Described before as the wanton son of the foreign woman, Donald had a short term as king. He established an ancient corpus of laws and rights (known as the laws of Aed, or Aedh) that apparently included the custom of tanistry. According to this custom, the successor of a king was elected during his lifetime from the eldest and worthiest of his kin, often a collateral (brother or cousin) in preference to a descendant (son). During Donald's reign, his nephew, Constantine I, was chosen to succeed him following his death. The custom of tanistry lasted until the reign of Malcolm II.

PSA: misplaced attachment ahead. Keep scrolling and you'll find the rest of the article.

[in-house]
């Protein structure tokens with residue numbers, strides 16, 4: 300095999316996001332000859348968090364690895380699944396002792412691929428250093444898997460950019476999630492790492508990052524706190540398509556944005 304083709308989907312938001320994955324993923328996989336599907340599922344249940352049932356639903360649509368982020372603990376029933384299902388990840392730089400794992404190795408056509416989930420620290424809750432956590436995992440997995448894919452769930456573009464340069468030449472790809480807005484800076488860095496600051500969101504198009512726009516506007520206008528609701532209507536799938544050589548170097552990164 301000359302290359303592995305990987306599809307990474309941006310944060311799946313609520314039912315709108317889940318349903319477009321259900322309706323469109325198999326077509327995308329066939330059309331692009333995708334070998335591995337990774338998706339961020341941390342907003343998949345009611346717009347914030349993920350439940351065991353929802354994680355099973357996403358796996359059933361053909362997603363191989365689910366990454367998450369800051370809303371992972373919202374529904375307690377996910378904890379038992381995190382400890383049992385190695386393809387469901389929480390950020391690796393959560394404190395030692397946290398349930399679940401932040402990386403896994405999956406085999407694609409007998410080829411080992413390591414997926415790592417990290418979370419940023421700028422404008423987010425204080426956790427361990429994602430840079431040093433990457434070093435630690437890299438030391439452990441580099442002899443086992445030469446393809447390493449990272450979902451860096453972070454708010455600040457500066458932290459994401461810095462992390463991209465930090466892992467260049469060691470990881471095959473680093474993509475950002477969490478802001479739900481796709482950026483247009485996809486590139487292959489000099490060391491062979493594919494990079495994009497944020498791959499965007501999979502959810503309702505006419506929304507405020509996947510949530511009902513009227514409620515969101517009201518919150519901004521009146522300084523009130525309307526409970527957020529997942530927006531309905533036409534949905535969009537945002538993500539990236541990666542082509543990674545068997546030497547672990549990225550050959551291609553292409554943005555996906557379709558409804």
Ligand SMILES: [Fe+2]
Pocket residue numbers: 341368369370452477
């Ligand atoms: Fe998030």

Uncertainty exists about the circumstances of his death in 863. He either died at a battle in Scone, Perthshire or peacefully in his palace at Kinn Belachoir. He died unmarried and childless. It is not known where he was buried.
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